$$\begin{gathered} {\text{Disease index }} = \sum \left( {{\text{di}} \times {\text{li}}} \right) \, /{\text{ L}} \times {\text{N }} \times 100 \hfill \\ {\text{Biocontrol efficacy }} = \, \left( {{\text{I}}_{0} - {\text{I}}_{i} } \right) \, \times 100\% \hfill \\ \end{gathered}$$

where di = the grade of disease severity, II = the number of plants at different grades of disease, L = the number of all investigated plants, N = the highest grade of disease severity, I0 = the disease index of control, and II = the disease index of treatment groups.

Quantitative analysis of R. solanacearum in tobacco rhizosphere soil

To further investigate the biocontrol activity of B. velezensis D on tobacco plants, the population of R. solanacearum was detected in tobacco rhizosphere soil treated with D suspensions in the plot experiments. Sterile water and chemical bactericide (52% Chloruric copper sulfate wettable powder) were used as the negative and positive controls. Fourteen days after the challenge with R. solanacearum, soil DNAs of different groups were extracted by soil DNA extraction kit (TianGen, Beijing, China), and qRT-PCR was used to detect R. solanacearum in tobacco rhizosphere soil (Umesha and Avinash 2015). Each PCR tube contained 10 μL AceQ qPCR SYBR Green Master Mix, 1 μL 25 ng cDNA, 8 μL water, and 1 μL primer (UP-1 (5′-GAACPGCCAACPGGTGCPGAACT-3′) and UP-2 (5′- GGCPGGCCTTCAGGGAGGTC-3′). The thermal cycling conditions were as follows: 30 s at 95°C, 40 cycles for 10 s at 94°C, and 30 s at 60°C, after 95°C for 15 s,60 s at 60°C, last 95°C for 15 s. Each sample was replicated three times.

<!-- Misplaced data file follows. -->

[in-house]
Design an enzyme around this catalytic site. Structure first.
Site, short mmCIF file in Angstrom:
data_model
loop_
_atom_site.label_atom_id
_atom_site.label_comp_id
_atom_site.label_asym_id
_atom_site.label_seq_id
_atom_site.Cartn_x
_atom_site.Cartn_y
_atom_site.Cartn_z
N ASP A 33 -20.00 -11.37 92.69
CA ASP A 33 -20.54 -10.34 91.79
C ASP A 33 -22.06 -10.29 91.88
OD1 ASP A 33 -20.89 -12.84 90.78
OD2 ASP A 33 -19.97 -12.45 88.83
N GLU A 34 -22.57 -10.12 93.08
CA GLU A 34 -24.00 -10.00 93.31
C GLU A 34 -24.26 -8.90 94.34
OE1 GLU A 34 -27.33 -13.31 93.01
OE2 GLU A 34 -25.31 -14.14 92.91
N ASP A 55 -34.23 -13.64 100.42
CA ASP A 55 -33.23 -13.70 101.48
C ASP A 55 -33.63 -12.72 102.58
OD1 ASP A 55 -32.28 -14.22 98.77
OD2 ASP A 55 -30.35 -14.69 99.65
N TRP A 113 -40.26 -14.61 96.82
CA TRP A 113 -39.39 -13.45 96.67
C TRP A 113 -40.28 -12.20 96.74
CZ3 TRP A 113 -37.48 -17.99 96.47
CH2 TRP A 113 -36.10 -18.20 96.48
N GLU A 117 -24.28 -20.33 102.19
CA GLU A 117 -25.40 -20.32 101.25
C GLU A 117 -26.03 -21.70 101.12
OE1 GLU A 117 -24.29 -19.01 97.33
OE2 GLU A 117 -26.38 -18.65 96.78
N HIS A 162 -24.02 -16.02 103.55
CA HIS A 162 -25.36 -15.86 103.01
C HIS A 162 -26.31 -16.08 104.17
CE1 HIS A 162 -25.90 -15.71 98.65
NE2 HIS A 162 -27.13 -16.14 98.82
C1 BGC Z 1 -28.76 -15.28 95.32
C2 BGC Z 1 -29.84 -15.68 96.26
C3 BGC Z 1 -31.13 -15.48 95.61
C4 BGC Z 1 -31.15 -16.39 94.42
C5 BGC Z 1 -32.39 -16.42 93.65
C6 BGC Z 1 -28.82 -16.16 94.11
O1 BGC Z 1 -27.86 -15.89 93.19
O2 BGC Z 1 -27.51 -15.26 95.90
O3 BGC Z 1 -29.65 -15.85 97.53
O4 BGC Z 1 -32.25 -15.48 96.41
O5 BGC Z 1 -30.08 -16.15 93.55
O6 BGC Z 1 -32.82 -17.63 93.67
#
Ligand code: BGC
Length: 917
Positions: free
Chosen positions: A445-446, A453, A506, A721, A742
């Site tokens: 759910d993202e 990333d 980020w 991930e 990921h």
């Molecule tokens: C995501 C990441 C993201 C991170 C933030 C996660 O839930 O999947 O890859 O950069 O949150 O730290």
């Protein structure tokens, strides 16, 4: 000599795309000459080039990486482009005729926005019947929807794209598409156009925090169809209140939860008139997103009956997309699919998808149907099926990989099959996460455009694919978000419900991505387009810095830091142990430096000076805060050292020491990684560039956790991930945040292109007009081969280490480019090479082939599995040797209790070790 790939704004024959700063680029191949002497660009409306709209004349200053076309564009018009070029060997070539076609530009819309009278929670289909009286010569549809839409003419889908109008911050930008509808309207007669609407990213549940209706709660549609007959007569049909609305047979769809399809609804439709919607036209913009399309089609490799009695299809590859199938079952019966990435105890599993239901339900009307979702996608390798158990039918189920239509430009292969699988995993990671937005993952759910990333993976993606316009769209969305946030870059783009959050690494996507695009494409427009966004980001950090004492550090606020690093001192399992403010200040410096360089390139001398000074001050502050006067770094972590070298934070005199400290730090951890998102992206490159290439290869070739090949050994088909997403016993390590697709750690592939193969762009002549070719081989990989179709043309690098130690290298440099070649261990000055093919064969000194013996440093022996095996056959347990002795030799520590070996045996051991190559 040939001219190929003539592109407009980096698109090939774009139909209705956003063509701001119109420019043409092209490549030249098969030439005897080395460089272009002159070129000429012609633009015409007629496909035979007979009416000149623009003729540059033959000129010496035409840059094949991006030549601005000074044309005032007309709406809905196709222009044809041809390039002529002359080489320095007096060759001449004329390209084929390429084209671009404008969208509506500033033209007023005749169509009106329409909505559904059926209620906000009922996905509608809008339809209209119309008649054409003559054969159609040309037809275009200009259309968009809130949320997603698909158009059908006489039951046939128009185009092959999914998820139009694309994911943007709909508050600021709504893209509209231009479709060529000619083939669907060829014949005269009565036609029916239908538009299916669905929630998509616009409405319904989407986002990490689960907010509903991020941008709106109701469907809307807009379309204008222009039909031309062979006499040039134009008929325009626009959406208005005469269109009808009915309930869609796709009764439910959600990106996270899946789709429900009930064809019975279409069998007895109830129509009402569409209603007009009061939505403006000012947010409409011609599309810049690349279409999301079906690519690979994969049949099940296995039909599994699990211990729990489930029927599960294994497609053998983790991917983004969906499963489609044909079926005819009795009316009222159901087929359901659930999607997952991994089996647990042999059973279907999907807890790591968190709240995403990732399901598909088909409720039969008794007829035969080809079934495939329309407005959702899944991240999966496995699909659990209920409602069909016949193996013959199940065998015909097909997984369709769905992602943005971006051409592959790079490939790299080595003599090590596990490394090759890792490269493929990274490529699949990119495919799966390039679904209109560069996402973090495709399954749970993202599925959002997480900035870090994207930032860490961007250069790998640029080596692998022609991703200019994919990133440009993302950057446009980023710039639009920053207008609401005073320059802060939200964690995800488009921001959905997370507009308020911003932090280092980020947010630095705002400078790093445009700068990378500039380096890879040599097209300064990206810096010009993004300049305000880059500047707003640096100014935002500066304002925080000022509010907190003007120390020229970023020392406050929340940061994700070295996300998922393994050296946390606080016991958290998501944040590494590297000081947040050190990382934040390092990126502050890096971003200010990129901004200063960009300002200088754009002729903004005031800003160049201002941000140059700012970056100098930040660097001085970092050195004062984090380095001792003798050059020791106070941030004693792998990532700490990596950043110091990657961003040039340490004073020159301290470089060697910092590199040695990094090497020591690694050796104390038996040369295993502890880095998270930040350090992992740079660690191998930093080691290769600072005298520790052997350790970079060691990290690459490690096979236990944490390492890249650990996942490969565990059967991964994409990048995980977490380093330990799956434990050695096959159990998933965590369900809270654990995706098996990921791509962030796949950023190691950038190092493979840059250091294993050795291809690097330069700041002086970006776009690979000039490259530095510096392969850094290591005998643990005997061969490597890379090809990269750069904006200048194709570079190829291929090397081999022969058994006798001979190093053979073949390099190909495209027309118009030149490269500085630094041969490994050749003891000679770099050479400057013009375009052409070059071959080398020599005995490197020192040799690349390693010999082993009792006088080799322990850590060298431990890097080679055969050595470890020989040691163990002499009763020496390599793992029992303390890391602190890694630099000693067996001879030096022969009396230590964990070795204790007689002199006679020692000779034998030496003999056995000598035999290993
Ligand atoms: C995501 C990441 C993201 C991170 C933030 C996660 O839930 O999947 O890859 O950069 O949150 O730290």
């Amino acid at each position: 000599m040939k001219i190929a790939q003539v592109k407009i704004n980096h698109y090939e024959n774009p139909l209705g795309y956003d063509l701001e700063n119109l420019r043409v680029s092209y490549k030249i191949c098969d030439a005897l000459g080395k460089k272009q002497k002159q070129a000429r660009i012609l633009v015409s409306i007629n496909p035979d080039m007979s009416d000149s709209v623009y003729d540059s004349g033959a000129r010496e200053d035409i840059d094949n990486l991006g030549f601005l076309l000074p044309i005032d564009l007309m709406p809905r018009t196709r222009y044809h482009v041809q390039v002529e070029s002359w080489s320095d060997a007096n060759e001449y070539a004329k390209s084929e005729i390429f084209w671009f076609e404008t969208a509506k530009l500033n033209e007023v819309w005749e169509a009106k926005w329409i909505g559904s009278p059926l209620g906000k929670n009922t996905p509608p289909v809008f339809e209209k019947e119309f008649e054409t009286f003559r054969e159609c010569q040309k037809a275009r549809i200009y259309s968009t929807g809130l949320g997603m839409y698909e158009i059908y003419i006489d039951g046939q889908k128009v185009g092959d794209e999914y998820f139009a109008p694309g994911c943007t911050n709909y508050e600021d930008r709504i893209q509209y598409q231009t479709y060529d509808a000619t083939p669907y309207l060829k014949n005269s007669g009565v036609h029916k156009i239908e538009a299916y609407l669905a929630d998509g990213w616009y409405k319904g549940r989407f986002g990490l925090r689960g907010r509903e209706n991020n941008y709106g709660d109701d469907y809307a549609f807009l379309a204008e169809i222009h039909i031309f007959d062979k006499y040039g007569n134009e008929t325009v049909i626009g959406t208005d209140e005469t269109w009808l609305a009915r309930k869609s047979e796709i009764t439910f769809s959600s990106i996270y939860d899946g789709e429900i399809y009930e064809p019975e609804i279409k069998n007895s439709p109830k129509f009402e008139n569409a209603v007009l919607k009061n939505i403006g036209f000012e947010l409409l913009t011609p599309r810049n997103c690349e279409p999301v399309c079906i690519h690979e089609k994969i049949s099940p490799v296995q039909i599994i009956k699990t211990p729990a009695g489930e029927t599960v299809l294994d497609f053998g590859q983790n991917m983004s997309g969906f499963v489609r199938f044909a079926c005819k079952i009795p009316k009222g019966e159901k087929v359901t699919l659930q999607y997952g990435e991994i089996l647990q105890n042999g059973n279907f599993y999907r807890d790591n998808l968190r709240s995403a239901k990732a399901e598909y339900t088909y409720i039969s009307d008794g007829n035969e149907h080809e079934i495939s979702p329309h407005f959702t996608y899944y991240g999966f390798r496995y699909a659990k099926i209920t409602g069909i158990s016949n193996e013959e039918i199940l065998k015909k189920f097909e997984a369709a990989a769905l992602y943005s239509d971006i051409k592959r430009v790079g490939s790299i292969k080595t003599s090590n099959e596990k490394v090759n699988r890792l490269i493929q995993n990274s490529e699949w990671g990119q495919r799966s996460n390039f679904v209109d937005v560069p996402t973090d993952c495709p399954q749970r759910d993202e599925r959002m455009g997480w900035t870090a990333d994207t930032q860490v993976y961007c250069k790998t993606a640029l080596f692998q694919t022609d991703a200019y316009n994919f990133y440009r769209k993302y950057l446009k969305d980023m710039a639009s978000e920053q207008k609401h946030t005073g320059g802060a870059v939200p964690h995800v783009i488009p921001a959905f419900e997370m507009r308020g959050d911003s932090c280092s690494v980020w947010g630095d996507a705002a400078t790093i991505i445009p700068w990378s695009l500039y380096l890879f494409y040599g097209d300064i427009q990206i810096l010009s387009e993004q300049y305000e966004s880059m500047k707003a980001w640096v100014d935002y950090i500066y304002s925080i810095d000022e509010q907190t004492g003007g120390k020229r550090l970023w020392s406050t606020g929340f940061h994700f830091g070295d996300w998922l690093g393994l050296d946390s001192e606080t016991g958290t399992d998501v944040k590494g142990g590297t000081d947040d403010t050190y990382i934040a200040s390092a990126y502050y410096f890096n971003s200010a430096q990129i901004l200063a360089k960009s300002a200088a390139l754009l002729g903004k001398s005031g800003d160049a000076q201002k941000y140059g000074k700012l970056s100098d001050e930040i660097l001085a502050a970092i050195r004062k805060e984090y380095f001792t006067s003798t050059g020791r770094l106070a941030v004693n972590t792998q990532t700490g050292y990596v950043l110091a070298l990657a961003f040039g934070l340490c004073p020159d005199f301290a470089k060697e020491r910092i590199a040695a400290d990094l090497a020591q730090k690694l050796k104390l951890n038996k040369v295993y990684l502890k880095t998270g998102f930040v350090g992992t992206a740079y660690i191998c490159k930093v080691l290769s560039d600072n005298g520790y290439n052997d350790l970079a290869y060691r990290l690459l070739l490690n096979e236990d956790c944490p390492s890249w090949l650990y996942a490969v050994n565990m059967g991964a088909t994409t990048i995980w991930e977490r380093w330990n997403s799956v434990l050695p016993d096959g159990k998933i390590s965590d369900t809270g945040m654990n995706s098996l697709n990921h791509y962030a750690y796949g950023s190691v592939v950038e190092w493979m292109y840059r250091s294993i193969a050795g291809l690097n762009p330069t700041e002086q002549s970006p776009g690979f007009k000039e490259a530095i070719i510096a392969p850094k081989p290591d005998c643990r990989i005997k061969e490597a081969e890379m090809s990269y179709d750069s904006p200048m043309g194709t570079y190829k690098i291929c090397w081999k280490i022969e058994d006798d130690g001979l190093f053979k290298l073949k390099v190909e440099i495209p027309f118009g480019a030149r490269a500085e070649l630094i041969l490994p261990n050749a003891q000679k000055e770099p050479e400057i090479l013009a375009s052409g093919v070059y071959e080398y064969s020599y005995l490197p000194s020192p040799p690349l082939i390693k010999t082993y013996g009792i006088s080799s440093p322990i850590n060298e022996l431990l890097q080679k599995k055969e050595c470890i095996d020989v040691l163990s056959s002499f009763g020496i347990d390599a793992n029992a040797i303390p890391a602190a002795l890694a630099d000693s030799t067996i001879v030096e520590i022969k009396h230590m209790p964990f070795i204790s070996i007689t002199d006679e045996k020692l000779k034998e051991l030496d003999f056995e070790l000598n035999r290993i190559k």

RT-qPCR amplification was performed on tenfold gradient dilutions of R. solanacearum DNA with primers, and the genomic DNA standard curve equation, of which the R. solanacearum DNA quantity was log and the Ct value was the y-axis, the formula was obtained.